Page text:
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Architecture General

Full Spectrum

The Architecture of Jeremy Sturgess

edited by Geoffrey Simmins

University of Calgary Press
Initial publish date
Jun 2010
General, Artists, Architects, Photographers, Canadian
  • Hardback

    Publish Date
    Jun 2010
    List Price

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Limited Edition: This unique look at Calgary architect Jeremy Sturgess's creative career is presented as a boxed set of nine portfolios in a print run of only 750 copies.

Governor-General award winning architect Jeremy Sturgess recently celebrated thirty years in practice in Calgary, where he has been based his whole career. During that time, Sturgess has made a major contribution to transforming the architectural face of the city, from individual houses to large-scale public projects such as the Calgary Water Centre, the Grand Theatre, and Calgary's most recent downtown LRT stations. Full Spectrum provides a comprehensive and multifaceted examination of Sturgess's architecture and urban design and assesses his contribution to Canadian architecture generally and Calgary architecture in particular.

Editor Geoffrey Simmins has gathered perspectives from a number of individuals with whom Sturgess has enjoyed long-term professional relationships - an artist, an urban designer, an architect colleague, an architectural critic, and a journalist. Along with reflections on Sturgess's personality, philosophy, and creative growth, these contributors provide in-depth discussions of a number of Sturgess's most celebrated projects. Simmins himself has drawn on Sturgess's papers and several personal interviews to craft an insightful introduction to the volume.

Strikingly illustrated with architectural line drawings and with photos by award-winning photographer Robert Lemermeyer and featuring an innovative design that facilitates panoramic, multi-paged visual perspectives, Full Spectrum lives up to its title, both in reflecting Sturgess's well-known affinity for vivid colours and in expressing the full range of his remarkable creative odyssey.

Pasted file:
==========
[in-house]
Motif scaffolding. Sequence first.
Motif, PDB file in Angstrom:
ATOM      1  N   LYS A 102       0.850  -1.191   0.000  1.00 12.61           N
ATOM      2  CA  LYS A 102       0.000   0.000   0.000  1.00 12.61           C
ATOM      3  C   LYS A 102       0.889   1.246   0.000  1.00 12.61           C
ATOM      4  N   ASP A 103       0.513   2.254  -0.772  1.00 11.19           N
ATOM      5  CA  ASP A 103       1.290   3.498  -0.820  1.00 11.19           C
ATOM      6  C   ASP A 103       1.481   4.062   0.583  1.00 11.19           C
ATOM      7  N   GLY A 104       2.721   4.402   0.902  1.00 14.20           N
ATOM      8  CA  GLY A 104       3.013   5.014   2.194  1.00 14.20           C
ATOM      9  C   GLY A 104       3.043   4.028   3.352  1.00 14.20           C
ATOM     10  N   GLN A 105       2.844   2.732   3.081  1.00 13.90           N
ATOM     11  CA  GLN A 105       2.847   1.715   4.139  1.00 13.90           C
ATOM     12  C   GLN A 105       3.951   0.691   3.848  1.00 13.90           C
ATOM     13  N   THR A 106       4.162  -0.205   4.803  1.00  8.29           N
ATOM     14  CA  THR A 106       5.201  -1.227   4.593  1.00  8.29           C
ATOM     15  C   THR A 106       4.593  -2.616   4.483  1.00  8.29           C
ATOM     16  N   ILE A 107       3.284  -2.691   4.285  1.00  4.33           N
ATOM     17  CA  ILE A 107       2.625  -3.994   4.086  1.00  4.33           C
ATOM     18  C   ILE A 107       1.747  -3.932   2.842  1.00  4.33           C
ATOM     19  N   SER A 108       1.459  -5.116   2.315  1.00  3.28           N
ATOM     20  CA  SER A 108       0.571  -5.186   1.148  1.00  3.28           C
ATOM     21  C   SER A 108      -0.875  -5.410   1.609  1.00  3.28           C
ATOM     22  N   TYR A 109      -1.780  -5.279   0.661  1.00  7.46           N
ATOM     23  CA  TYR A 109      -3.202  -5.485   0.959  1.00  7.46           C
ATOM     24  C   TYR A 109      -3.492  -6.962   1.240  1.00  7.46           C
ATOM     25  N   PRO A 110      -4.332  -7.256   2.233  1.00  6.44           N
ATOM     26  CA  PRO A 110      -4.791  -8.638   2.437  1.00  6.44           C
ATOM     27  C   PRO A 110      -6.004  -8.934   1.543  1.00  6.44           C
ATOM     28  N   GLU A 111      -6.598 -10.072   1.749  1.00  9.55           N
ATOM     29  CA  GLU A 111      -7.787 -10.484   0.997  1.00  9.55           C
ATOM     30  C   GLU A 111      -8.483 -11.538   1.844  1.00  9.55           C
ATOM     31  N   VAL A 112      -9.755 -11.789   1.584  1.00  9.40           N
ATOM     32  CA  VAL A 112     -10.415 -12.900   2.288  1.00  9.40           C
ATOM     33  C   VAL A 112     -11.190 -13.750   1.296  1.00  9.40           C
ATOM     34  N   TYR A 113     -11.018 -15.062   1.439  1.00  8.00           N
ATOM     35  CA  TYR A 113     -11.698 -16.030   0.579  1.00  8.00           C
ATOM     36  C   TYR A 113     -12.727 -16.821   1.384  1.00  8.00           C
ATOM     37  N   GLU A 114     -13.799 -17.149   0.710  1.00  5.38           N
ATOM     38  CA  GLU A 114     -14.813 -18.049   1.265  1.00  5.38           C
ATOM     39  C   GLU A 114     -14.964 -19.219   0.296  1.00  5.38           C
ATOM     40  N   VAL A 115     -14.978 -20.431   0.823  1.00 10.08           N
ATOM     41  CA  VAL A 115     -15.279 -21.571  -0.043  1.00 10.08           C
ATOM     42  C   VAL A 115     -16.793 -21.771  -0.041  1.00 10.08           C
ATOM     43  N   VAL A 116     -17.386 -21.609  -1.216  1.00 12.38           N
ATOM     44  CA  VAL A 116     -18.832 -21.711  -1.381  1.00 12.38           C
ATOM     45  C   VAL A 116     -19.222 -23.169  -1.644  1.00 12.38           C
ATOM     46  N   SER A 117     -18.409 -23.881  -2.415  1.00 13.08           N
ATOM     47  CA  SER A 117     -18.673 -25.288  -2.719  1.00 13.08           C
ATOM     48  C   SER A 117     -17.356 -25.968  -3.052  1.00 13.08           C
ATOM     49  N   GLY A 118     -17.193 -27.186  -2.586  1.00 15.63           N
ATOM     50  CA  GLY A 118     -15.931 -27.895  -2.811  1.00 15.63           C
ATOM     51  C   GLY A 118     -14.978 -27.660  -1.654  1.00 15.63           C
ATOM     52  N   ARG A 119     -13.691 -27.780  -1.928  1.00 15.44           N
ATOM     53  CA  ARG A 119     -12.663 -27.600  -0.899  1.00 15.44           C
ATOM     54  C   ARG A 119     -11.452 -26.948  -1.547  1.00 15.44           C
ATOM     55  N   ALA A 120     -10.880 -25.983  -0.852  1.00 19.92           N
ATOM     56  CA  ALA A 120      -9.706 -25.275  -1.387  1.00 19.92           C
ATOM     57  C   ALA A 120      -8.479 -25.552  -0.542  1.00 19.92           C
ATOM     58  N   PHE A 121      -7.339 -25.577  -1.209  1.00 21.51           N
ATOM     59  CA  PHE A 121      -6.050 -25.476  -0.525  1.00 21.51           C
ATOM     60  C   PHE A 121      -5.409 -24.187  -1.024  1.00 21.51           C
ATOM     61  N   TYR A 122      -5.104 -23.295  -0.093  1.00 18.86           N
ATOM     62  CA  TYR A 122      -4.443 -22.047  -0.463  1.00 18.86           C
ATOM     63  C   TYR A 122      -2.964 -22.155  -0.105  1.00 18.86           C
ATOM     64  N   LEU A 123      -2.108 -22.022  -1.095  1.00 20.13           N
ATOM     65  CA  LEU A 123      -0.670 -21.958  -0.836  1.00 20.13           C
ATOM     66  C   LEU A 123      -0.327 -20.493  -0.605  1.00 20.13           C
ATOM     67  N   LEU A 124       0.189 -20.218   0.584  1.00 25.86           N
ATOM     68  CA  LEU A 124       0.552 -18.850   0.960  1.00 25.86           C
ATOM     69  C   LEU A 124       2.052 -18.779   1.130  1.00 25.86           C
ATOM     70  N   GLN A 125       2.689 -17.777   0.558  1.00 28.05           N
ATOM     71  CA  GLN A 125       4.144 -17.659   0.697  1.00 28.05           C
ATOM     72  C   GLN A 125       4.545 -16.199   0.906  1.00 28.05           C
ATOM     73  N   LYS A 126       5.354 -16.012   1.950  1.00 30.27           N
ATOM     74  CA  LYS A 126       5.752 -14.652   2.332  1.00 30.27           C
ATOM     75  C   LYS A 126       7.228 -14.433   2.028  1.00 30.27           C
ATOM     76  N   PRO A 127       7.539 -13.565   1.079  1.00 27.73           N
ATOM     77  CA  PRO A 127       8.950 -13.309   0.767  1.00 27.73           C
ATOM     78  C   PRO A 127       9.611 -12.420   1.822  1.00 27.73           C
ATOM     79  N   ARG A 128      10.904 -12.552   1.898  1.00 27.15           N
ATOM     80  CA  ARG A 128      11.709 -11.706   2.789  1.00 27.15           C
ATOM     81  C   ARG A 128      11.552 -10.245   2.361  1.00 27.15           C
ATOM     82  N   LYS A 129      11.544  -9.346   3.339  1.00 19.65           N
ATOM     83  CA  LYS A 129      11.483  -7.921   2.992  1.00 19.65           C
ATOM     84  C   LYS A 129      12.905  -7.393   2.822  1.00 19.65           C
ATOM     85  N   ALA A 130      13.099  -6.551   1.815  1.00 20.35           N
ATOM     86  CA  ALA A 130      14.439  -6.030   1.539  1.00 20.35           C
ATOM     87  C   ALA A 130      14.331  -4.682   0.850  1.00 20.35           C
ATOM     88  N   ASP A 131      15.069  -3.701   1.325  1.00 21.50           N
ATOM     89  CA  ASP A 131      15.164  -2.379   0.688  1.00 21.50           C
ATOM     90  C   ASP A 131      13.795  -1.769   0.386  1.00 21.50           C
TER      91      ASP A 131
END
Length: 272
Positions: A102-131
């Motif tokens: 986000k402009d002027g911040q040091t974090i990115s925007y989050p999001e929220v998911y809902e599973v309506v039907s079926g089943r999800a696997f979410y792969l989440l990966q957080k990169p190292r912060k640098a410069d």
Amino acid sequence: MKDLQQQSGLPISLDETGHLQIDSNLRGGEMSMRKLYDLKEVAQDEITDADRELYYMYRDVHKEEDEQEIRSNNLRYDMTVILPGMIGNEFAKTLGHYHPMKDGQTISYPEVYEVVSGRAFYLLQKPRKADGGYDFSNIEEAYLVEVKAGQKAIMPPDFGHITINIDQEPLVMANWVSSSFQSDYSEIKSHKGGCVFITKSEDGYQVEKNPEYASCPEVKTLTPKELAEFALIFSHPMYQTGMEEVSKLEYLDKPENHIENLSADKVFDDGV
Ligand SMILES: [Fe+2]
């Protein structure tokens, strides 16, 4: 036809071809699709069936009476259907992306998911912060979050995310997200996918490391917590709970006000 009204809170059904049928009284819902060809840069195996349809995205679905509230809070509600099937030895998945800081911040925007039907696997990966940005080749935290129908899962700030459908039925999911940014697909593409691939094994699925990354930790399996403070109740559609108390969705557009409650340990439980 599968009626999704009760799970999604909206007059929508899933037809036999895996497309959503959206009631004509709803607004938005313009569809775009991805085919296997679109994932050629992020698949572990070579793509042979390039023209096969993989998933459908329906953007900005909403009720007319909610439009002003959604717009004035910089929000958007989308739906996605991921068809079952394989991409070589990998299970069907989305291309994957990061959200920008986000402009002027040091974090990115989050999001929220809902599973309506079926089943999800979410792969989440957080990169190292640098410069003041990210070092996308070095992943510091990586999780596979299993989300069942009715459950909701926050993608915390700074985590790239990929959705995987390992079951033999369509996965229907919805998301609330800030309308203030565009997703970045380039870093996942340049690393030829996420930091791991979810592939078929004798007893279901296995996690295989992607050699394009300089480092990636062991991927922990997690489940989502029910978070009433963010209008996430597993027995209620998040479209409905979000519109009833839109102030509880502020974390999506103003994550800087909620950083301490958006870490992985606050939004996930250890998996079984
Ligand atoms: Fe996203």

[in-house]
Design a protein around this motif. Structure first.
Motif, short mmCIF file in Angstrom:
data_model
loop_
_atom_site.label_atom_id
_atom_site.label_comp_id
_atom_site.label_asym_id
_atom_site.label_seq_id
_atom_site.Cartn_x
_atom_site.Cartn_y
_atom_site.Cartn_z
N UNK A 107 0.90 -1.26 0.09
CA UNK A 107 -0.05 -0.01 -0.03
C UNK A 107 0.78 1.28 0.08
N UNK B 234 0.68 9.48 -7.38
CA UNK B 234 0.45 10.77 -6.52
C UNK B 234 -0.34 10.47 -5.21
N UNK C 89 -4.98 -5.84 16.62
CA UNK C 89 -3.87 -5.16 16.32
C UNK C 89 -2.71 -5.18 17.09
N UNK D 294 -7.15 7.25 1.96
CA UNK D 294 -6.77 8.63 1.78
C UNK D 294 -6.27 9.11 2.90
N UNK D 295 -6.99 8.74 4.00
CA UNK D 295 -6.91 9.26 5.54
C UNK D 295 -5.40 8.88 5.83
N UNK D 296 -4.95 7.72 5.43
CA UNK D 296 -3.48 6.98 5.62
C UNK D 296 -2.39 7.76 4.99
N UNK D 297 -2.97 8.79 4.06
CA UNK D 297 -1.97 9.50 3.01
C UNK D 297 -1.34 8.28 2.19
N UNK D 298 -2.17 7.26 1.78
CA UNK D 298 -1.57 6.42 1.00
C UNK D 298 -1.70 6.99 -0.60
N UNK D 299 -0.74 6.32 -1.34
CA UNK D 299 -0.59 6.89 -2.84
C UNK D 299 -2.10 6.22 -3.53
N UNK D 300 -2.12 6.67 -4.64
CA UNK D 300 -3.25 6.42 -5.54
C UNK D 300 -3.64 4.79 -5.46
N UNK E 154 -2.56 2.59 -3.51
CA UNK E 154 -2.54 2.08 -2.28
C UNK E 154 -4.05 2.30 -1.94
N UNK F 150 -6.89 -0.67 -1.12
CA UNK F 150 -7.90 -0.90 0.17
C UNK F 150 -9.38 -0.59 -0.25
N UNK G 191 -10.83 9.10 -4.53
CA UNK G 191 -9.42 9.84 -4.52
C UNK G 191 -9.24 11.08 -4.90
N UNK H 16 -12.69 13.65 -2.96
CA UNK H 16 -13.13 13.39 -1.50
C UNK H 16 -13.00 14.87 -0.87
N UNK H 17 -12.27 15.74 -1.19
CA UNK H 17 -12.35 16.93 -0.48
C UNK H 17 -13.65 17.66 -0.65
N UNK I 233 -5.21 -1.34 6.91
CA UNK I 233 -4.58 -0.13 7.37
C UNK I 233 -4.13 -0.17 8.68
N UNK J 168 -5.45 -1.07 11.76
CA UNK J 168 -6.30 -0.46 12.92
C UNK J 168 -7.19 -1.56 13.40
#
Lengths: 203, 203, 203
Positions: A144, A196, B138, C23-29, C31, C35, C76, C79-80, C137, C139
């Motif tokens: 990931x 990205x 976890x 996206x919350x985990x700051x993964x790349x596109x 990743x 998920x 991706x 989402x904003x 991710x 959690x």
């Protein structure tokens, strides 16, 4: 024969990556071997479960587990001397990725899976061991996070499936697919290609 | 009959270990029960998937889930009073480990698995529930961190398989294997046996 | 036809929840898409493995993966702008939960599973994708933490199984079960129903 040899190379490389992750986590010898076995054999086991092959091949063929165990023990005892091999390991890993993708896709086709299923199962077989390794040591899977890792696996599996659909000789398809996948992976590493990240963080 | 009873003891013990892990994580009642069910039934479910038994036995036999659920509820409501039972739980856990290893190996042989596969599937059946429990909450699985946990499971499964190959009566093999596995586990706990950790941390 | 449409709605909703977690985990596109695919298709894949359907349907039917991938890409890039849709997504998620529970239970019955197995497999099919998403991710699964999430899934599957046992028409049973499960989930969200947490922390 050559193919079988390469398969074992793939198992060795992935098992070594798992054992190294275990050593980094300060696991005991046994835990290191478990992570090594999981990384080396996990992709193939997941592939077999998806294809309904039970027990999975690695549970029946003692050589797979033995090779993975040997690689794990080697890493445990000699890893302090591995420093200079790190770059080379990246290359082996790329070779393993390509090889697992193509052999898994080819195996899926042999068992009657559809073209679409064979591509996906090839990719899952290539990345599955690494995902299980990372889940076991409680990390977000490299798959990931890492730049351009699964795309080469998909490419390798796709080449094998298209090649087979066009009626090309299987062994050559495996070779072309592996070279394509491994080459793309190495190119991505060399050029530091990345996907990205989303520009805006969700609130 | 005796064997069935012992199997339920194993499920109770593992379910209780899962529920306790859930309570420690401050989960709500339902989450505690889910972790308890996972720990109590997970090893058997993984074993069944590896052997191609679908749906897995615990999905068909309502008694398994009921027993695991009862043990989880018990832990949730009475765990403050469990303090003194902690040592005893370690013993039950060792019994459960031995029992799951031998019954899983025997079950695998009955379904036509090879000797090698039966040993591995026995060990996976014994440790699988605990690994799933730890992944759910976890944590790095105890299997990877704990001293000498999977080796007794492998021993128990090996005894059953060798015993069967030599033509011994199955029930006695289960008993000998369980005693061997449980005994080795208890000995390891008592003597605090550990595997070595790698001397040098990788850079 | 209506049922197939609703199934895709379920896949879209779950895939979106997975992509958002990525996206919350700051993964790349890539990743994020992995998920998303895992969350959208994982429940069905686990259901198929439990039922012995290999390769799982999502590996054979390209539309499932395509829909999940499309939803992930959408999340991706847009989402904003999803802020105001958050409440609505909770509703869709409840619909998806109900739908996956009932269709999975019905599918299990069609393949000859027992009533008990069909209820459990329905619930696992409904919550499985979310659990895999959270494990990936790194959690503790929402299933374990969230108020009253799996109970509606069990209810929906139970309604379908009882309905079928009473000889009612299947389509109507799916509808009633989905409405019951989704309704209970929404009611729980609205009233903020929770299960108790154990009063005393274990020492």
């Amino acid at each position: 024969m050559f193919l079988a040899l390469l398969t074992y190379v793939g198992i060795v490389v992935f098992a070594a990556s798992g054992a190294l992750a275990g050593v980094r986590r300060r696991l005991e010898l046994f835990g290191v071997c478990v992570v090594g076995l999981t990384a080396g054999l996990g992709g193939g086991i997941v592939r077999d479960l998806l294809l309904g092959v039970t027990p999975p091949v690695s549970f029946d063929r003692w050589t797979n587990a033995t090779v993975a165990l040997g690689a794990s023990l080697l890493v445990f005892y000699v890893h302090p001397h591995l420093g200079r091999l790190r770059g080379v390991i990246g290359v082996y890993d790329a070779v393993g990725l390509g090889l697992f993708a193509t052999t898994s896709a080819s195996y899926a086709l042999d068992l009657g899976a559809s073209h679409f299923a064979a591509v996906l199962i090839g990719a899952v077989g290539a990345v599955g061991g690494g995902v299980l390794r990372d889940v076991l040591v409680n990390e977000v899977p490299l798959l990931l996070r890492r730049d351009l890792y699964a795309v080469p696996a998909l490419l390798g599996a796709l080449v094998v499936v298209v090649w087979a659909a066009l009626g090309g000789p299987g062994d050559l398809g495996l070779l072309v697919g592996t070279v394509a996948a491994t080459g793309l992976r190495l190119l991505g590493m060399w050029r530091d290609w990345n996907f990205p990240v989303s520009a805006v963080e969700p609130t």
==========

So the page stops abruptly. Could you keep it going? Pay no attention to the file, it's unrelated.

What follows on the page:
About the author

Geoffrey Simmins is Associate Dean, Research and Planning, at the University of Calgary's Faculty of Arts. He is also adjunct professor of Architecture in the Faculty of Environmental Design. His publications include both contemporary and historical books, exhibition catalogues, numerous encyclopedia articles, and videos on Canadian art and architectural history.

Geoffrey Simmins' profile page

Editorial Reviews

Canadian Architect, Nov 2010


Reviewed by Ian Chodikoff and Bindya Lad

Full Spectrum: The Architecture of Jeremy Sturgess Edited by Geoffrey Simmins. Calgary: University of Calgary Press, 2010.

This limited-edition book from the University of Calgary Press is a collection of essays describing the impact that architect Jeremy Sturgess has made on the city of Calgary and the Prairies, and in contributing to architectural dialogue in Canada over the past 30 years. Encased in a jarringly vivid box emblazoned with fuchsia text on the cover, the book screams colour--something that is seemingly part of Sturgess's overarching design philosophy. One of the book's essays, David Down's "Chromatic Iconoclast," elaborates on Sturgess's fascination with colour, equating this preoccupation with a very human approach to building--seen in the design for the Chuzenji Kanaya Hotel in Japan (1989). There, Sturgess fuses the Canadian mountain lodge typology with Japanese architecture, allowing the landscape to behave as a colourful backdrop to the hotel. Full Spectrum contains nine booklets, each one bearing its own distinct colour and containing dozens of inspirational sketches and informative drawings of a wide range of projects. Designed by Melina Cusano, the book is thoughtfully edited by Geoffrey Simmins, who is also the curator of the travelling exhibition bearing the same name. Full Spectrum includes a requisite essay by Trevor Boddy--a Prairie-minded iconoclast in his own right--who has followed Sturgess's career since he himself was an architecture student. Anne Suche has written an insightful essay that examines Sturgess's multi- and single-family residences, and an essay by Keith Orlesky discusses the importance of Sturgess's contribution to the evolution of the Calgary urban design fabric. Other essays include those by George Baird--a former teacher of Sturgess, and Derek Besant--a well-known artist who has worked with Sturgess in Calgary's arts scene for many years. IC

Canadian Architect

“Constructing a legacy: Jeremy Sturgess celebrated in exhibition, book and archives” by Drew Anderson, Urban Living section, FFWD, May 13, 2010